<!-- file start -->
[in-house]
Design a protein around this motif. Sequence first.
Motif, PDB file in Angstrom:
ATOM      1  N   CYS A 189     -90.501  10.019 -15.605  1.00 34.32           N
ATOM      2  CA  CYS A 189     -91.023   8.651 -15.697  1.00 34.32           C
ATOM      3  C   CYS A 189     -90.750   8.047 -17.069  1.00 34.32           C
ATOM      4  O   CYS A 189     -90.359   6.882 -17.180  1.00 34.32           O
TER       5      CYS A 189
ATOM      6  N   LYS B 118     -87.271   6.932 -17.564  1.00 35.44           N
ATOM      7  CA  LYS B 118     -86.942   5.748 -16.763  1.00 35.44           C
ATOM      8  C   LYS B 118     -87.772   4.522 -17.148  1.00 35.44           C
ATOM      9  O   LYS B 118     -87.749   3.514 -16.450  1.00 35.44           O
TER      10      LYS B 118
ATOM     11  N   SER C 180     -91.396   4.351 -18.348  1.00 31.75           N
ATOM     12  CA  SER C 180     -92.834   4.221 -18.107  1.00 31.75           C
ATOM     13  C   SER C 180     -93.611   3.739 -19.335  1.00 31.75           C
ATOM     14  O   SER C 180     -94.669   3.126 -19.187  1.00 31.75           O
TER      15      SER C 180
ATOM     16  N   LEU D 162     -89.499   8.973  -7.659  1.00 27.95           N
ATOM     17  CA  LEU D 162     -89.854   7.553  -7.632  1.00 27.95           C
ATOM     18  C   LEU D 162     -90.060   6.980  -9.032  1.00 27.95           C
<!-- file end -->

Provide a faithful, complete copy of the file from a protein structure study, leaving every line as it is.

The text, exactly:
[in-house]
Design a protein around this motif. Sequence first.
Motif, PDB file in Angstrom:
ATOM      1  N   CYS A 189     -90.501  10.019 -15.605  1.00 34.32           N
ATOM      2  CA  CYS A 189     -91.023   8.651 -15.697  1.00 34.32           C
ATOM      3  C   CYS A 189     -90.750   8.047 -17.069  1.00 34.32           C
ATOM      4  O   CYS A 189     -90.359   6.882 -17.180  1.00 34.32           O
TER       5      CYS A 189
ATOM      6  N   LYS B 118     -87.271   6.932 -17.564  1.00 35.44           N
ATOM      7  CA  LYS B 118     -86.942   5.748 -16.763  1.00 35.44           C
ATOM      8  C   LYS B 118     -87.772   4.522 -17.148  1.00 35.44           C
ATOM      9  O   LYS B 118     -87.749   3.514 -16.450  1.00 35.44           O
TER      10      LYS B 118
ATOM     11  N   SER C 180     -91.396   4.351 -18.348  1.00 31.75           N
ATOM     12  CA  SER C 180     -92.834   4.221 -18.107  1.00 31.75           C
ATOM     13  C   SER C 180     -93.611   3.739 -19.335  1.00 31.75           C
ATOM     14  O   SER C 180     -94.669   3.126 -19.187  1.00 31.75           O
TER      15      SER C 180
ATOM     16  N   LEU D 162     -89.499   8.973  -7.659  1.00 27.95           N
ATOM     17  CA  LEU D 162     -89.854   7.553  -7.632  1.00 27.95           C
ATOM     18  C   LEU D 162     -90.060   6.980  -9.032  1.00 27.95           C